Image: South32 South32 has received an offer from Seriti Resources Holdings to acquire its South Africa Energy Coal business. The company did not disclose a value of the proposed transaction, but indicated Seriti’s offer included a “modest” up-front cash payment with a deferred payment mechanism. Seriti is a South African mining company co-owned by four black anchor shareholders, including Masimong Group, Thebe Investments, Zungu Investments (Zico) and Community Investment Holdings (CIH). The company was incorporated to acquire the New Vaal, New Denmark and Kriel mines from Anglo American, as well as various life extension coal resources and closed collieries. “When we announced our intention to broaden the ownership of South Africa Energy Coal in November 2017, our vision was that it become a sustainable, black-owned and operated business, consistent with South Africa’s transformation agenda,” Kerr said. The divestment would reduce South32’s sustaining capital intensity, strengthen the balance sheet and improve margins, according to Kerr. The South Africa Energy Coal business has cost South32 $US578 million ($851.8 million) in impairment charges and reduced the group’s profit after tax by 71 per cent to $US389 million in the 2019 financial year. The charges resulted from South32’s historical investment in the operation, its assessment of Seriti’s current offer and the market outlook for thermal coal demand and prices. “Looking ahead our portfolio will include industry leading positions in alumina and manganese, and we will continue to embed development options with a bias to base metals that have the potential to deliver meaningful growth in shareholder value,” Kerr said. “Our announcement that we have entered into exclusive negotiations with Seriti is an important milestone and we expect to provide a further update to the market in the December 2019 half year.” South32’s financial results ending June this year saw its revenue slide by four per cent to $US7.27 billion on the previous corresponding period, despite positive results across its Australian operations. The company achieved a 57 per cent increase in production at Illawarra Metallurgical Coal in New South Wales, with the Appin Colliery continuing to ramp up towards historical rates. Australia Manganese also operated its premium concentrate ore circuit at around 120 per cent of its design capacity, contributing to South32’s production of 5.5 million tonnes of manganese ore. This underpins a three per cent increase in the group’s production volumes. South32 has also commenced a feasibility study at the Eagle Downs Metallurgical Coal following its acquisition of a 50 per cent interest in the project.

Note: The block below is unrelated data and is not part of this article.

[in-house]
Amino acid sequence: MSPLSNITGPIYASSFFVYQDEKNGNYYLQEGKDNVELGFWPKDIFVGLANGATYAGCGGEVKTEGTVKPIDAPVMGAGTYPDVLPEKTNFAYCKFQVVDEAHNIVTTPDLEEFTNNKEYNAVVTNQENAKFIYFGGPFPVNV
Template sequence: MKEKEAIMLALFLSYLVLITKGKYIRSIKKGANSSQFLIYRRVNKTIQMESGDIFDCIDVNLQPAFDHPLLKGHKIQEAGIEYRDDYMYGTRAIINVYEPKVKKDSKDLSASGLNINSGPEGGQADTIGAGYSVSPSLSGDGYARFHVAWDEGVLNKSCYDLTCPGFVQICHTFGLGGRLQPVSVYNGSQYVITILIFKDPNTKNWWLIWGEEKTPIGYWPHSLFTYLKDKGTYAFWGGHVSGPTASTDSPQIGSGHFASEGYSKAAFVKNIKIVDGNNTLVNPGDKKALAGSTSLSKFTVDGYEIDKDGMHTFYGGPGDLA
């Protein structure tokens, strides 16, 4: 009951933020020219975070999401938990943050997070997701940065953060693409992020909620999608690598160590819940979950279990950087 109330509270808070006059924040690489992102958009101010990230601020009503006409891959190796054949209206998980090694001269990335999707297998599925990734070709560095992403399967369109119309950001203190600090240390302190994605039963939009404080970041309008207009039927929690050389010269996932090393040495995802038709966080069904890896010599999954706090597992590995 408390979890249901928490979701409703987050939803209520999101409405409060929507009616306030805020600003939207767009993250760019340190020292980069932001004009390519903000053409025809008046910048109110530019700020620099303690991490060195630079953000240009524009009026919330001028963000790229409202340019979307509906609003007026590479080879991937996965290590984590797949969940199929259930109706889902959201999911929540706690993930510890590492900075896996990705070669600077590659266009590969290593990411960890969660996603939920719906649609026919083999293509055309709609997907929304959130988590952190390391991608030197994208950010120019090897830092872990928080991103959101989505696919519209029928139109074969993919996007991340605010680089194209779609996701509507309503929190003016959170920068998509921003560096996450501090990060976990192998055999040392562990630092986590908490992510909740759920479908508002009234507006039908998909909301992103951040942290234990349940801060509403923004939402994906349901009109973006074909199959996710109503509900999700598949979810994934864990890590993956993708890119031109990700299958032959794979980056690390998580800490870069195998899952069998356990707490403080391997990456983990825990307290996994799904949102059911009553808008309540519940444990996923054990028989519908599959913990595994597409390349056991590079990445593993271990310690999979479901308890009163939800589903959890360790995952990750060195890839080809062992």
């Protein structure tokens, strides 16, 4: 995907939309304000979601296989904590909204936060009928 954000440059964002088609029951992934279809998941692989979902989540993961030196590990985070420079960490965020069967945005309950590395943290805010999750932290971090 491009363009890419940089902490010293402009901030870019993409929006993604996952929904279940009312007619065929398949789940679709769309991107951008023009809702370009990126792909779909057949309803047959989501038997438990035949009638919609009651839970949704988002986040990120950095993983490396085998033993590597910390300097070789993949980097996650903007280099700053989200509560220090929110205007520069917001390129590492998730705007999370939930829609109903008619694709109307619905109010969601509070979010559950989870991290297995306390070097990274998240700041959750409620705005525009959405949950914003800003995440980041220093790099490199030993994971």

Members of Team South Africa pictured soon after arriving for the Africa Games in Rabat. Photo: @TeamSA19 on twitter RABAT –The SA swimming team opened the aquatics programme of the 12th African Games in a spectacular fashion, claiming 11 medals (six gold, three silver and two bronze) in Rabat, Morocco, on Wednesday. Michael Houlie kicked off the evening session with a gold medal-winning performance in the 50m breaststroke, posting 27.41 ahead of Egypt’s Youssef Elkamash in 27.52 and Tunisia’s Wassim Elloumi in 28.27. Martin Binedell won himself a gold medal in the 200m backstroke with a time of 2:01.38 followed by Algeria’s Abdellah Ardjoune in 2:02.73 and Egypt’s Yassin Elshamaa in 2:05.77. Binedell bagged his second gold as part of the 4x100m freestyle relay team with Douglas Erasmus, Brad Tandy and Ryan Coetzee when they finished in 3:21.63. There was no stopping Erin Gallagher as she sped to the finish line of the 100m freestyle in 55.13, while team-mate Emma Chelius scooped the bronze in 55.86. The silver went to Egypt’s Farida Osman in 55.62. Gallagher and Chelius were also a part of the gold medal-winning 4x100m freestyle relay team, alongside Jessica Whelan and Kerryn Herbst, where the ladies’ topped the podium in 3:48.88. GOLD RUSH! Team SA picked up 6 golds